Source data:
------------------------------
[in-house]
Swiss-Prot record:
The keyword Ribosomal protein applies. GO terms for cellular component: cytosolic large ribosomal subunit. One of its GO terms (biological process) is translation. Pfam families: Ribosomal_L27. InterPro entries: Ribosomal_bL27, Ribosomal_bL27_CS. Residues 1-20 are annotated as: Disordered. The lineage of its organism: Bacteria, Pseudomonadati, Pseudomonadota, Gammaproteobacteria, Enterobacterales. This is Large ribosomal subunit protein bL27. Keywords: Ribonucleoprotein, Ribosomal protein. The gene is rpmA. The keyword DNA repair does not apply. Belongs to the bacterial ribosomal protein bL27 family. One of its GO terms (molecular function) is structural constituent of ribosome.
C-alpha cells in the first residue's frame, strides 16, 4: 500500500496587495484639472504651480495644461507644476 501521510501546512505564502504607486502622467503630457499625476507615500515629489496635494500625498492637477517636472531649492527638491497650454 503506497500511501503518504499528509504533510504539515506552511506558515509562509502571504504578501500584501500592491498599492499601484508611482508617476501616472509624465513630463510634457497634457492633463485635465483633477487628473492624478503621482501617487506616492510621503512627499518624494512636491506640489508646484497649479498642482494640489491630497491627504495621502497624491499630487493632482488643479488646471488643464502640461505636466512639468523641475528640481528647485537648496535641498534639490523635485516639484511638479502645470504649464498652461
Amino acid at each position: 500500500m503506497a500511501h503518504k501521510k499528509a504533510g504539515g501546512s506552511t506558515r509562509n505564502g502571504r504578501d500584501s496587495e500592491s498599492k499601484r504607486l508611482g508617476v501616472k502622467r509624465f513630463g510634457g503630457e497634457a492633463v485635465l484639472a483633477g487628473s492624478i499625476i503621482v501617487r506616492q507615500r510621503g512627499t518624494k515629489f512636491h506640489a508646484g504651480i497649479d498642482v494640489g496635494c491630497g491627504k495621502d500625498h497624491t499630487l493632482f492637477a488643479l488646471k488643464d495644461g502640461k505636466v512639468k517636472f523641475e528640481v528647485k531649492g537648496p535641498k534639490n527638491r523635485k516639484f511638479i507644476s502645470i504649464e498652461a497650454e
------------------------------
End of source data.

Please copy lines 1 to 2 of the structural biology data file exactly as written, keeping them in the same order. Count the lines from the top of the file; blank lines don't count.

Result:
[in-house]
Swiss-Prot record: